Public Citizen, the citizen “watch dog” group, has documented all major financial settlements and court judgments between pharmaceutical manufacturers and the federal and state governments since 1991. Its latest report (here) covers the time frame from its last report (November 2, 2010) through July 18, 2012. According to this latest report:
“A total of 74 additional settlements, totaling $10.2 billion in financial penalties, were reached between the federal and state governments and pharmaceutical manufacturers between November 2, 2010 and July 18, 2012, with the first half of 2012 alone already representing a record year for both federal ($5.0 billion) and state ($1.6 billion) financial recoveries. Since 1991, a total of 239 settlements, for $30.2 billion, have now been reached (through July 18, 2012) between federal and state governments and pharmaceutical companies.”
The following chart shows the yearly trend since 1991:
These data include Federal and State settlements. Between November 2, 2010 and July 18, 2012, state settlements were $2.5 billion vs. Federal settlements totaling $7.7 billion. “2012 already represents a record year for state financial recoveries,” says Public Citizen, which notes that this 2012 state windfall was “largely due to a single court judgment in Arkansas in 2012 that required Johnson & Johnson to pay the state $1.2 billion for the unlawful promotion of the antipsychotic Risperdal. To our knowledge, as of the publication of this report, the company has not yet paid the fine and plans to appeal the judgment.” Hopefully, JNJ will eventually pay up and help AK balance its budget and then some!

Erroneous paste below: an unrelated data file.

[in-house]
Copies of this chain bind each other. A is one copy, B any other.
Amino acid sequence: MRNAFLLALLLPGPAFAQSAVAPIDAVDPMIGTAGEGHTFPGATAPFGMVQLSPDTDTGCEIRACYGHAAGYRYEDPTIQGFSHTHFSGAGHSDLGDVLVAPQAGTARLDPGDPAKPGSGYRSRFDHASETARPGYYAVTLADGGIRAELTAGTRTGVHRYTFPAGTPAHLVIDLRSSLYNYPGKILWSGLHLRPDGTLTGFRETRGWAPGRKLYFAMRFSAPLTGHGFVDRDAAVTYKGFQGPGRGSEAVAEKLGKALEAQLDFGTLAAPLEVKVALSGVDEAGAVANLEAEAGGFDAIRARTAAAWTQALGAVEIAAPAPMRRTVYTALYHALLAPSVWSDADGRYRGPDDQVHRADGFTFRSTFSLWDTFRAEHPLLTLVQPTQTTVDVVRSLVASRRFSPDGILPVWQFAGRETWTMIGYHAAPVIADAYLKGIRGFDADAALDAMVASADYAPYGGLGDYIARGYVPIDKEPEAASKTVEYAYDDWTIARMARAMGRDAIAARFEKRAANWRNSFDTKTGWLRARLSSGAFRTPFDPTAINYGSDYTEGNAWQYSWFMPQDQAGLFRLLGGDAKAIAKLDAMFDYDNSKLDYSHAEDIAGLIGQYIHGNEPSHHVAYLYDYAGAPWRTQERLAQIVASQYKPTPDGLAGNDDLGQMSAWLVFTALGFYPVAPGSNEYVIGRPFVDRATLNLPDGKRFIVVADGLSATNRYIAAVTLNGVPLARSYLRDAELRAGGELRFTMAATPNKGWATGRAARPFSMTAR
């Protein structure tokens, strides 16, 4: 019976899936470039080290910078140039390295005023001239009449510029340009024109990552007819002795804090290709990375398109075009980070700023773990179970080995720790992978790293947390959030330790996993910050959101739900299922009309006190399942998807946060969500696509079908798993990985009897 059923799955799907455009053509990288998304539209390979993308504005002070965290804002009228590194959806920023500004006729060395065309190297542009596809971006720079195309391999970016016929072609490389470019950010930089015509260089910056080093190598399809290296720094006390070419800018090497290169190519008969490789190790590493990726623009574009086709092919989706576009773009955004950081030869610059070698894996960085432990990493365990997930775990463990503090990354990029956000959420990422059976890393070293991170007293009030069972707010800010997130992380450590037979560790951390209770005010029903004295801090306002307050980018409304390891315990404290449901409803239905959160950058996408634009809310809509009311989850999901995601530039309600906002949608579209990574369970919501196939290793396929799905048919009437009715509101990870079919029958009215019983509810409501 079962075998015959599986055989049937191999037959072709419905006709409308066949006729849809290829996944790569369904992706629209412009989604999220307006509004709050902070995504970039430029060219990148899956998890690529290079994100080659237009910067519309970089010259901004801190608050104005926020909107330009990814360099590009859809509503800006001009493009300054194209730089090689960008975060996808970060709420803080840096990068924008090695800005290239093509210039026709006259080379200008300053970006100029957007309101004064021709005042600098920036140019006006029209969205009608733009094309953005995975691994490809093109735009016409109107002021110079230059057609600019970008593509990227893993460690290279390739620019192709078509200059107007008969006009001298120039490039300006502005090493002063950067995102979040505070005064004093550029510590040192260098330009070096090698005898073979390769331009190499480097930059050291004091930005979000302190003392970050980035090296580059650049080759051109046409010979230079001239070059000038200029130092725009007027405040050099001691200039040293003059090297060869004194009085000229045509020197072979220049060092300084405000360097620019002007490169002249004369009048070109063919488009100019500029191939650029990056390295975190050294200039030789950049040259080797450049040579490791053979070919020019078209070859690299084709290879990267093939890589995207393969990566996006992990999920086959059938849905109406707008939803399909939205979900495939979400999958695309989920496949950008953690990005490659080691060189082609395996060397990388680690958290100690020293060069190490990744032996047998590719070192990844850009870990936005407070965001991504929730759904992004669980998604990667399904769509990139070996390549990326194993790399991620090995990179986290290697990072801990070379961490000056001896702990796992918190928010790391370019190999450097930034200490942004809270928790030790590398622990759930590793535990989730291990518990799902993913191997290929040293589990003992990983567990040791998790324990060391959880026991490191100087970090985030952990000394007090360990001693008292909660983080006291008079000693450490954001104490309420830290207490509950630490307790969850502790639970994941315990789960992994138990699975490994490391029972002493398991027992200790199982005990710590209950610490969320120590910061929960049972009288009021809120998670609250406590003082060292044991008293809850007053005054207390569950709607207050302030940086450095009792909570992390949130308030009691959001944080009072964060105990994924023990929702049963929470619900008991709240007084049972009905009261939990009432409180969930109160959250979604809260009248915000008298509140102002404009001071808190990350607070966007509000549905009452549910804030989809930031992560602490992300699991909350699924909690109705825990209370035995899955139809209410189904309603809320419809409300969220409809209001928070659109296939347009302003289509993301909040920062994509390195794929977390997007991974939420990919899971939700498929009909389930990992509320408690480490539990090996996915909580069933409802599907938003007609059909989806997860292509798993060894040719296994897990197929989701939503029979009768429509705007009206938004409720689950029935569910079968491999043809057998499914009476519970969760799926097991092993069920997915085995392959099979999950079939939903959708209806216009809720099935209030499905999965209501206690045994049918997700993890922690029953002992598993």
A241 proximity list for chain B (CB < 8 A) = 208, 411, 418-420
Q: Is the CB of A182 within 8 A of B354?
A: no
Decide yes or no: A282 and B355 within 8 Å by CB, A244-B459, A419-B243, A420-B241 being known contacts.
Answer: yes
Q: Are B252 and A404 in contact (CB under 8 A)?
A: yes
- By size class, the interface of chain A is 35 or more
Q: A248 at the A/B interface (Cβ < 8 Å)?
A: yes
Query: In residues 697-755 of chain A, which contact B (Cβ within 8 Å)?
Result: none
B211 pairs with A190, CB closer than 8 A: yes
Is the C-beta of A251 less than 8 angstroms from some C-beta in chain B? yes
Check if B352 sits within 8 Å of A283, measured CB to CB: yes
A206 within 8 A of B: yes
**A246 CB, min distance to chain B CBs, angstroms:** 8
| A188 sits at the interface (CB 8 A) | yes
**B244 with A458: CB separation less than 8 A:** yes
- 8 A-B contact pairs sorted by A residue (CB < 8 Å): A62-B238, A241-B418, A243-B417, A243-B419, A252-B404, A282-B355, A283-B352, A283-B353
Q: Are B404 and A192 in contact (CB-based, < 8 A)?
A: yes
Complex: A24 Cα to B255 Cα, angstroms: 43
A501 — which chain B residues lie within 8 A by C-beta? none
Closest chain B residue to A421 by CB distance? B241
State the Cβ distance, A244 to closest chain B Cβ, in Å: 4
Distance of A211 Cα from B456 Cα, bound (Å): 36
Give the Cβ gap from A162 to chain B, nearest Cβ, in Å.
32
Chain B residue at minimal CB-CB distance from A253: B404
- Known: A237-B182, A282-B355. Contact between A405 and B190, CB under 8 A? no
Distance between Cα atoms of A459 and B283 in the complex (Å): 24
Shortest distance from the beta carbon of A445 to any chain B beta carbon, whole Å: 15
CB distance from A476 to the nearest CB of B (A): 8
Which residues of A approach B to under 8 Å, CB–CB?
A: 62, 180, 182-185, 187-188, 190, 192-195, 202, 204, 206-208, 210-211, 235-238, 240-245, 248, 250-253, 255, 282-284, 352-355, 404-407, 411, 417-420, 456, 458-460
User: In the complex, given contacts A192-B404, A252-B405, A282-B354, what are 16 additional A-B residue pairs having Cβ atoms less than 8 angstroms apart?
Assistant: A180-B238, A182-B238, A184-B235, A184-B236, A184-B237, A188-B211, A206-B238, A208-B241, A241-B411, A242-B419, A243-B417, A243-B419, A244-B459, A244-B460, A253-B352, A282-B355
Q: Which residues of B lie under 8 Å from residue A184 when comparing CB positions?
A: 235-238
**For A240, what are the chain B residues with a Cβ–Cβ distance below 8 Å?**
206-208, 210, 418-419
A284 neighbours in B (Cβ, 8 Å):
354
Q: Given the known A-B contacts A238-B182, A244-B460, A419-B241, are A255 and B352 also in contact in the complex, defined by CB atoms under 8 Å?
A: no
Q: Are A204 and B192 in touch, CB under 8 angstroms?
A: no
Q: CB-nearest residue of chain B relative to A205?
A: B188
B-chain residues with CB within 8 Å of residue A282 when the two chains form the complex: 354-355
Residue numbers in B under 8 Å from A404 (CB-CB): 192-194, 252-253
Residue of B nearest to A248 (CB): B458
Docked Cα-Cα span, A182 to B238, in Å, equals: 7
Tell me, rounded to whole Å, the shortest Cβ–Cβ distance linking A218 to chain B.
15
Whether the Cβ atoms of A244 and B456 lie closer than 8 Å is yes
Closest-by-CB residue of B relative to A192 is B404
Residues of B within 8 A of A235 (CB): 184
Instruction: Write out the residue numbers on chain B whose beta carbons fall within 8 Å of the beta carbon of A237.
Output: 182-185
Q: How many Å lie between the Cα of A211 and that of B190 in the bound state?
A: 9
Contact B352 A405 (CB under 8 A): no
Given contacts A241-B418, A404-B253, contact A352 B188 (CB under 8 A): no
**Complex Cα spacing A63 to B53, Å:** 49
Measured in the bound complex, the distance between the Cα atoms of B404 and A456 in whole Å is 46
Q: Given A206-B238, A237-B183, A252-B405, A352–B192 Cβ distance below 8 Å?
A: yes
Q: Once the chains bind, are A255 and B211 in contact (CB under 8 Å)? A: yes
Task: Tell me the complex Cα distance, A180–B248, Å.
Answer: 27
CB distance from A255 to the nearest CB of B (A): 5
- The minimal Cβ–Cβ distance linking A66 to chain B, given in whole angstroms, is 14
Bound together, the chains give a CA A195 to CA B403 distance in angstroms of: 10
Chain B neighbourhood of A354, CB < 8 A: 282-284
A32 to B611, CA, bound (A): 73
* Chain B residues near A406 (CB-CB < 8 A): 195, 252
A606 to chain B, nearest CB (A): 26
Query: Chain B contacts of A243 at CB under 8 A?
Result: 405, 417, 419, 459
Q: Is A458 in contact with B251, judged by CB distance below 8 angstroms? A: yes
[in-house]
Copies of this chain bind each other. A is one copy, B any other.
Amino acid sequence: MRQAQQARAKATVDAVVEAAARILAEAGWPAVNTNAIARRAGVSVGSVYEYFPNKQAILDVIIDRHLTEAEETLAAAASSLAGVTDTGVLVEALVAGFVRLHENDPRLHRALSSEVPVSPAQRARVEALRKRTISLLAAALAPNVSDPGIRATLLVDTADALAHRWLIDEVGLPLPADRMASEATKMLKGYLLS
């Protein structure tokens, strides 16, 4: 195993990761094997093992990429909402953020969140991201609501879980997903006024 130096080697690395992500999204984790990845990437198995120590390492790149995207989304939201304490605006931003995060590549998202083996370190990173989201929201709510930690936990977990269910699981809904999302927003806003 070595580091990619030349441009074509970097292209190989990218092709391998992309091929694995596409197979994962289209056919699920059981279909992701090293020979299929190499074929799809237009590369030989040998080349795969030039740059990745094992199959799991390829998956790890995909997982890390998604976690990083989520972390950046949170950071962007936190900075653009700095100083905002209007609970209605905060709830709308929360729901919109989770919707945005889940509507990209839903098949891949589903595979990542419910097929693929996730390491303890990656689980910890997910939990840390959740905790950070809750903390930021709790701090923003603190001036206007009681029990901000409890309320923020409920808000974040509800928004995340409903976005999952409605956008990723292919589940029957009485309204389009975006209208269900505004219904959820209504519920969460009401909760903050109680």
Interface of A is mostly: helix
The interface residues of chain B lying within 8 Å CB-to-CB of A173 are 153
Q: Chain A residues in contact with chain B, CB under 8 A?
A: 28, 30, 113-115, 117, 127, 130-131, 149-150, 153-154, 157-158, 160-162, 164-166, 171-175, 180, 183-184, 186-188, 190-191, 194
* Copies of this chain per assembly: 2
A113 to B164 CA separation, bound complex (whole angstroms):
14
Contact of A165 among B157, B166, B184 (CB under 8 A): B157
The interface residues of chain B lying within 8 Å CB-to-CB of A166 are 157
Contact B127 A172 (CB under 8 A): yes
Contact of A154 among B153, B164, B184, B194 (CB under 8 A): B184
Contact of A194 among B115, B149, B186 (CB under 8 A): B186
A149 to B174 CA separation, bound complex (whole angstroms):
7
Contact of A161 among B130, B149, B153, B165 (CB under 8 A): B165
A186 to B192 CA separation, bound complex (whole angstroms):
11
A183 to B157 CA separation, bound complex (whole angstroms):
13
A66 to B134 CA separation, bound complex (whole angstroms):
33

I created the following pie chart showing which types of penalties were responsible for generating these massive Federal and State settlement amounts:
“Unlawful Promotion” — off-label and other “deceptive” marketing practices — represents largest slice of the pie. This is probably a low estimate because the category “multiple violations” must also include unlawful marketing violations. If only 25% of these were marketing related, then “Unlawful Promotion” would account for the MAJORITY of settlement fees.
The following table shows the TOP TEN settlements between November 2, 2010 and July 18, 2012:
Congrats to GSK for being at the top of the list!
One other piece of information I found interesting is that “qui tam” cases involving “whistle blowers” account for the vast majority of the financial settlements in recent years. In terms of percent of the settlement dollar amount, here’s how it looks for the past few years:
- 2009: 96%
- 2010: 97%
- 2011: 33%
- 2012: 90% (through July 18)
Whistle blower cases in 2011 didn’t result in big financial settlements; consequently, 2011 was a “down” year overall.